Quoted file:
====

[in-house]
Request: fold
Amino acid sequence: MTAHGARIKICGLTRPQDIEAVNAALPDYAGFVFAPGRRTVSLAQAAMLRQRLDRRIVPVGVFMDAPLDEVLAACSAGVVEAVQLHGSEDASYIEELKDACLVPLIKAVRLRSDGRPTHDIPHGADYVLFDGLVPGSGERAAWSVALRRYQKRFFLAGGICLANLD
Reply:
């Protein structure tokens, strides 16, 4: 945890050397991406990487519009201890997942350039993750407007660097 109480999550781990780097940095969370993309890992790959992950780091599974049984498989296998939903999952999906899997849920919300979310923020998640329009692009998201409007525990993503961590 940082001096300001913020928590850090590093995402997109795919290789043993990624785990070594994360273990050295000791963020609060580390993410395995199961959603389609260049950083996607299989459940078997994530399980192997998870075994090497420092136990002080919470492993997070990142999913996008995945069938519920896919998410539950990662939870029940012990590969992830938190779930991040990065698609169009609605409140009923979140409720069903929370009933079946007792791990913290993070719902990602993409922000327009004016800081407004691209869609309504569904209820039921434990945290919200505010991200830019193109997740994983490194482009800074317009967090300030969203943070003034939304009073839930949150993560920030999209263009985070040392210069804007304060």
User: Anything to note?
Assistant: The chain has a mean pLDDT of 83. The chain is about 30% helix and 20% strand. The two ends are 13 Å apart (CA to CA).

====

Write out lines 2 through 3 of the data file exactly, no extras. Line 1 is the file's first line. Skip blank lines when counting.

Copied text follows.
Request: fold
Amino acid sequence: MTAHGARIKICGLTRPQDIEAVNAALPDYAGFVFAPGRRTVSLAQAAMLRQRLDRRIVPVGVFMDAPLDEVLAACSAGVVEAVQLHGSEDASYIEELKDACLVPLIKAVRLRSDGRPTHDIPHGADYVLFDGLVPGSGERAAWSVALRRYQKRFFLAGGICLANLD